Without question, the finest mustard in North America is served up at the Second Avenue Deli, located at the corner of 10th Street in what is now known as the East Village of Manhattan. Like its incomparable pickles, the brown mustard is prepared fresh every day in the restaurant's kitchen. No preservatives are used, and even refrigerated it is only good for a day or two, but the pungent mix of brown mustard seed, spices and vinegars is an adventure for the nose and palate alike.
While the films of Billy Crystal and Woody Allen have made Katz's on Houston Street and the Carnegie deli in the midtown tourist district more famous than the Second Avenue, none serves a better corned beef, tongue or pastrami on rye, and all have abandoned the painstaking mustard-making process in favor of serving Gulden's, offering with a $15 sandwich the exact same condiment a street vendor would use to top your one-dollar dirty-water dog.
Gulden's, the oldest continuously produced mustard in the United States, is a passable concoction, perfectly suitable for use as a dip for cocktail peanuts, pretzels and, at holiday time, pigs in blankets. It is also the only decent mustard one can commonly purchase locally south of the Mason-Dixon Line, where the same barbarians who brought us President George W. Bush prefer to top their hot dogs with ketchup.
Now, a person's politics are their own business, but the desecration of a frankfurter with ketchup by anyone over the age of 18 should be an offense punishable by horsewhip.
Gulden's traces its history back to 1862 -- though food historians argue for a date of 1867 -- when Charles Gulden went into business near the South Street Seaport in Lower Manhattan. His convenient proximity to the port provided him with access to the finest ingredients from all over the world and, after considerable experimentation, he came up with the still-secret recipe used today.
It is doubtful, however, the mustard produced by Mr. Gulden 140 years ago bears more than a casual resemblance to that sold under his name today. Gulden's is America's best-selling brown mustard, and the third best-selling mustard overall after French's and Chicago's Plochman's.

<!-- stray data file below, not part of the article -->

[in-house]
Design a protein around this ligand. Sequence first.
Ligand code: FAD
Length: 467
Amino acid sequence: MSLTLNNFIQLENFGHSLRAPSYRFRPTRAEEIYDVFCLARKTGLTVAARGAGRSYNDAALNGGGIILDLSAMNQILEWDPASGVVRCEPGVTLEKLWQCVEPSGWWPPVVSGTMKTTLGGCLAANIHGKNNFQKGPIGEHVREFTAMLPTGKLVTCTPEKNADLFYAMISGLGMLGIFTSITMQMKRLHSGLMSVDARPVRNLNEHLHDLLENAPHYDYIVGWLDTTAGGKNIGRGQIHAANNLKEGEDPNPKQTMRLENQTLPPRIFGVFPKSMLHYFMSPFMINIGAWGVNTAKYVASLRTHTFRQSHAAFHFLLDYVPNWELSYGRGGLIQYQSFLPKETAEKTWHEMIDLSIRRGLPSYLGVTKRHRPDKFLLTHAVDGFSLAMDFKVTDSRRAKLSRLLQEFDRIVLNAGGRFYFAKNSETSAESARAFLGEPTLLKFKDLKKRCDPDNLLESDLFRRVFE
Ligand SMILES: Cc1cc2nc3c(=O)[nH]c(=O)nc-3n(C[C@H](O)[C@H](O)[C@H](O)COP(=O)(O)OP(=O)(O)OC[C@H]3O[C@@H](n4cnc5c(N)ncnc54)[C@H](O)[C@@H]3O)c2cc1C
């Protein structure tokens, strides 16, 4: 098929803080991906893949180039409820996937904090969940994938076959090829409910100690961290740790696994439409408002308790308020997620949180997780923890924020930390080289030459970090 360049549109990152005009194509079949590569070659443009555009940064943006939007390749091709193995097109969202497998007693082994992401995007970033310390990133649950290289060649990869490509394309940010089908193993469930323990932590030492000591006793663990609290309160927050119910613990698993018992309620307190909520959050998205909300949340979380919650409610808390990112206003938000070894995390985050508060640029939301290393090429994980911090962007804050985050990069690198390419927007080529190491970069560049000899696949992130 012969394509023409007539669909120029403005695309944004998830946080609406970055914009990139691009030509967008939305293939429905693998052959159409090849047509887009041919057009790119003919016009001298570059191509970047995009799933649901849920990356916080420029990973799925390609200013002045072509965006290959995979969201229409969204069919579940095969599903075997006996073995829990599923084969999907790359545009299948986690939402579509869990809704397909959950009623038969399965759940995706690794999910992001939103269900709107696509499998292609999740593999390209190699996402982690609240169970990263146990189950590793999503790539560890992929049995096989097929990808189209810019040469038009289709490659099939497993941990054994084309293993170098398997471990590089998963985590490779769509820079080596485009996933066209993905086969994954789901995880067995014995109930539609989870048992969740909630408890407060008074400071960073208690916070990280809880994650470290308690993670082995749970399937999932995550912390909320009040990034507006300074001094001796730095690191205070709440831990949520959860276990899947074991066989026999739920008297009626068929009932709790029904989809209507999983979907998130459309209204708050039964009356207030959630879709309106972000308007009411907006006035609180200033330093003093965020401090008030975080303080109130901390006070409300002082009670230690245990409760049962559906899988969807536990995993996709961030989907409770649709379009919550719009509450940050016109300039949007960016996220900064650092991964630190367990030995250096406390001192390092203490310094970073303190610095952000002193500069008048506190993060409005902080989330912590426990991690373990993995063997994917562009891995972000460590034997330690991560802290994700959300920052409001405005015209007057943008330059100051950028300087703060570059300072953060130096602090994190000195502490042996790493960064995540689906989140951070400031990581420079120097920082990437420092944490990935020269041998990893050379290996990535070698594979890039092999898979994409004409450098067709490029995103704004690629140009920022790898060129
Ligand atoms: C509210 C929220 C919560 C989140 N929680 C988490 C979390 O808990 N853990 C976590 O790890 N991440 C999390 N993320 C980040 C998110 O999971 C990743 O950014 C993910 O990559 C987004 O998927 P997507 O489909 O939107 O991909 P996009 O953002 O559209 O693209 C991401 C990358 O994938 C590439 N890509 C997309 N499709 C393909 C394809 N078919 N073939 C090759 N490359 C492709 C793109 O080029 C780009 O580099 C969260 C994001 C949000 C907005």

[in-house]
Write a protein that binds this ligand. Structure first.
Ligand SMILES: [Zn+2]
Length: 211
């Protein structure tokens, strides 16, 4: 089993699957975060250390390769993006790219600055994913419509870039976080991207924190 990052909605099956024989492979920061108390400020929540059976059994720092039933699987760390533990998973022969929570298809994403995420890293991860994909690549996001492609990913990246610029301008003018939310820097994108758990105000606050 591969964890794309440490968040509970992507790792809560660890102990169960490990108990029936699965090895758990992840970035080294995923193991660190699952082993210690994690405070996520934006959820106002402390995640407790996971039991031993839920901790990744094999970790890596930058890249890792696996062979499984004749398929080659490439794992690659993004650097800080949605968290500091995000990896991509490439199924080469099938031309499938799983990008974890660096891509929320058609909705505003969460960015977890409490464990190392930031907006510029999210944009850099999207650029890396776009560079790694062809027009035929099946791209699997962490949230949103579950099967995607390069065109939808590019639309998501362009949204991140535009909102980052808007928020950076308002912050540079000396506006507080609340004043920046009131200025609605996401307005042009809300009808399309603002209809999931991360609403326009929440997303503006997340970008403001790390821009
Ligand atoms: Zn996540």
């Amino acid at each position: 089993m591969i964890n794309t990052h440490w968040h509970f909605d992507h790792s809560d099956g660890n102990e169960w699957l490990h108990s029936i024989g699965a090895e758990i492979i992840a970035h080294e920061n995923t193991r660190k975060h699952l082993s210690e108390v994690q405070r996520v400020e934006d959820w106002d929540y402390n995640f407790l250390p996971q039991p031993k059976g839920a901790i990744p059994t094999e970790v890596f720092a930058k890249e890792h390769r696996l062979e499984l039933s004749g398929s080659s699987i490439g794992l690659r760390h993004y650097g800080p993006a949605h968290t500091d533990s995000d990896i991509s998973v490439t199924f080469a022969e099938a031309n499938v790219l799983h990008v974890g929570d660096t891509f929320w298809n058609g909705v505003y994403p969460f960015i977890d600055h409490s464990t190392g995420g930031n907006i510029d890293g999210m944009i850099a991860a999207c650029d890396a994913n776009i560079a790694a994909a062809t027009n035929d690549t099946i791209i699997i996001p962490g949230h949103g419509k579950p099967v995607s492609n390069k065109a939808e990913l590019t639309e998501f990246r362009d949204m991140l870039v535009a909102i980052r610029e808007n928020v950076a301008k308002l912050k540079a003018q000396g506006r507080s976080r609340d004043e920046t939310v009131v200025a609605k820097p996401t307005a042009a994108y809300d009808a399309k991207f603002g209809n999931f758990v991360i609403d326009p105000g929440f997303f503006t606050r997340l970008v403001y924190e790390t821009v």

It's what you get if you order a dog at Shea Stadium in Queens or Fenway Park in Boston.
Even so, some mustard aficionados say the quality of Gulden's has declined since the family sold the company to the European food giant ConAgra in the 1980s, and have launched private crusades to find a suitable all-around replacement.
Kosciusko's is a name that comes up frequently wherever mustard mavens meet. A brown, Polish-style blend, it is thick and slightly grainy. It is named for Brigadier General Thaddeus Kosciusko, the Polish military genius who fought on the American side during the Revolutionary War, and designed and built the original fort at West Point, then known as "America's Gibraltar."
The mustard honoring the general is suitable for all appropriate mustard applications but, unsurprisingly, seems particularly fitting when slathered on bratwurst or kielbasa, or used as a dip with a potato knish or a steaming plate of pierogies. All this, of course, is predicated on whether or not you can find it. Like Buffalo's acclaimed Weber's or Cleveland's mouth-watering Bertman's, locating a jar of Kosciusko's can be a hit-or-miss proposition in many parts of the county.
A product of Chicago, Kosciusko's was for decades locked in a fierce battle with the savory yellow Plochman's mustard for control of the Windy City and its lucrative Chicago dog concessions. Like Al Capone and Bugs Moran, the competing mustards dueled for supremacy until finally, in 1995, the family-owned Plochman's simply bought out the Kosciusko company, continuing production using the same recipe.
Today, Plochman's -- "The mustard lover's mustard!" -- competes primarily with French's, an inferior product that has, however, maintained a stranglehold on the great unwashed masses who comprise the lion's share of the North American mustard market. Still, one supposes that -- despite being unwashed -- the masses are better off psychologically than the pathetic status-seekers who buy Grey Poupon or any of the other "prestige" mustards.
Characterized by a creamy, almost mayonnaise-like texture, combined with a near complete lack of complexity in flavor, French's has been successfully duplicated by generic mustard-makers of every stripe. Imitation may be the sincerest form of flattery, but when the consumer can purchase a bottle of mustard, indistinguishable from the mustard you produce, for a fraction of the price, something is very wrong indeed.